FTSE 250: TUI customers paid 18% more for summer holidays

A Boeing 787 of the travel company TUI taxis close to the northern runway at Gatwick Airport
TUI said the Canaries, the Balearics, Greece and Turkey all continued to be popular holiday destinations. Photo: Reuters/Peter Nicholls (Peter Nicholls / reuters)

TUI (TUI.L) has revealed that its customers paid 18% more for their summer holidays compared to 2019, adding further pressure to households facing the sharpest cost of living crisis in a century.

The tour operator stuck to its forecast of returning to profit this year despite losses in the third quarter, as travellers flocked to Europe and the Caribbean.

The Canaries, the Balearics, Greece and Turkey all continued to be popular holiday destinations, the German group said.

Meanwhile winter bookings have also risen, coming in at 78% of pre-COVID levels.

Bookings for November and December currently stand at 81% of 2018-2019 levels, and the group expects last-minute booking trends to continue during the winter period.

"The Canaries, Mexico, Egypt and Cape Verde are likely to form a key part of our holiday offer this upcoming winter,” TUI said.

It added that average selling prices are 26% higher for holidays over the winter season.

Fritz Joussen, outgoing chief executive, said in a joint statement with his replacement Sebastian Ebel: “The trend has been towards higher value or longer holidays with a higher overall holiday budget.

“This is encouraging and shows the current importance of holidays and travel experiences in the post-Corona era.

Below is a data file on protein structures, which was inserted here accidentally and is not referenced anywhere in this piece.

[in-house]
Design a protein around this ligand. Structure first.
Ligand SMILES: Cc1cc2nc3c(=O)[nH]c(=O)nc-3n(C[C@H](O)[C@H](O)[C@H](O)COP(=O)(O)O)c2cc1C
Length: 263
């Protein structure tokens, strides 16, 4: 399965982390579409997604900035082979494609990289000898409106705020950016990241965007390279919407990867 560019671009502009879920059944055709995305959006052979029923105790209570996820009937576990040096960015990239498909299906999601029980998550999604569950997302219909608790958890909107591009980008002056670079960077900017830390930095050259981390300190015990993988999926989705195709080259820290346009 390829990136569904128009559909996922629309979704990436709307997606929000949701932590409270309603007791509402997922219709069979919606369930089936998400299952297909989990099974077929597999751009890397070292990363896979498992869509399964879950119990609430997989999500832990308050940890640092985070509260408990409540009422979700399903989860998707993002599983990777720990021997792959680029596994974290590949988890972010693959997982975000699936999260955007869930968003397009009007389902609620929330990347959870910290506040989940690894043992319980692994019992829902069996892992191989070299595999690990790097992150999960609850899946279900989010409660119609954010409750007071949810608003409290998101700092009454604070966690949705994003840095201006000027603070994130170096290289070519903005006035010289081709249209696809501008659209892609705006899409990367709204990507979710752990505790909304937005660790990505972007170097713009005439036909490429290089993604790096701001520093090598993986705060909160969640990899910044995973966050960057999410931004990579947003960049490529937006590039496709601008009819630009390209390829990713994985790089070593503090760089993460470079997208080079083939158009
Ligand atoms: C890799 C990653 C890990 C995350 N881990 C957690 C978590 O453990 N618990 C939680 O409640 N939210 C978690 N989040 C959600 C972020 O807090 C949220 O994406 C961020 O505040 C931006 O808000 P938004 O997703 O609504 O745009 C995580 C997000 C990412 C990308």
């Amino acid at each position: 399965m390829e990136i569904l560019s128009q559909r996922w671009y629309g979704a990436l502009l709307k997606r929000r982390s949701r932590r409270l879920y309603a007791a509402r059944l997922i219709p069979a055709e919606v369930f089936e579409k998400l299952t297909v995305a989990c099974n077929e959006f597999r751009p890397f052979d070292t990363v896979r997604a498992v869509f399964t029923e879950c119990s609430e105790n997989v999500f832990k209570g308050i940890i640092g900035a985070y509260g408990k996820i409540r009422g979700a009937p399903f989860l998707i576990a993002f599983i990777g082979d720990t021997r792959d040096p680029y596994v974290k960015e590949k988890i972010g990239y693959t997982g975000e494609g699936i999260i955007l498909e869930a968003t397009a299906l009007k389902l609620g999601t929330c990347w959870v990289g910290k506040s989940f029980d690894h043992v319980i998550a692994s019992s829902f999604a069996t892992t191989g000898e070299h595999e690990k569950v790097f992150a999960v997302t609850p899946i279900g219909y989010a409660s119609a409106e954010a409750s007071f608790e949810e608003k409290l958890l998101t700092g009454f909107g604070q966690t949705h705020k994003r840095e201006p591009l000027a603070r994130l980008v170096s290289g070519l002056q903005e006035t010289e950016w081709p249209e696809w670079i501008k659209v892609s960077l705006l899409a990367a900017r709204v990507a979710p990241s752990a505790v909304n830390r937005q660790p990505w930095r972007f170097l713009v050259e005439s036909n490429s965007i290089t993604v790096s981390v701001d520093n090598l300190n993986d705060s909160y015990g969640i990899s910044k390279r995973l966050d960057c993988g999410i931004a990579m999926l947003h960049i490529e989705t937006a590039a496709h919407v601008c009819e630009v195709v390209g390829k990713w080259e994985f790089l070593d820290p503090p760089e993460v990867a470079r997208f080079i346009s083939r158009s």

“Through the efficiency programmes successfully implemented during the pandemic, we have also significantly and sustainably reduced our cost structure. We are leaner, more digital and more efficient.”

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It came as TUI last month said that widespread airport disruption, including flight cancellations and delays, had cost it €75m (£66 million) in the three months to the end of June.

Customers were affected by around 200 cancelled flights in May and June, in particular due to staff shortages at Manchester Airport.

TUI said it would be seeking compensation from airports for the disruption and cost hit.

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“Although 2022 was expected to be the year of the comeback for travel stocks after the industry was ravaged by the pandemic, TUI and others have had a rough ride this year,” Victoria Scholar, head of investment at Interactive Investor, said.

“Shares in TUI have plummeted almost 50% year-to-date as the broader market sell-off, soaring cost inflation, labour shortages and the general chaos for international travellers have created a perfect storm for the company.

“Longer-term, investors in TUI have had a rough ride with shares down 75% over the last five years after the stock peaked in 2018.”

Shares in London were down 2% at the time of writing, despite initially opening higher.

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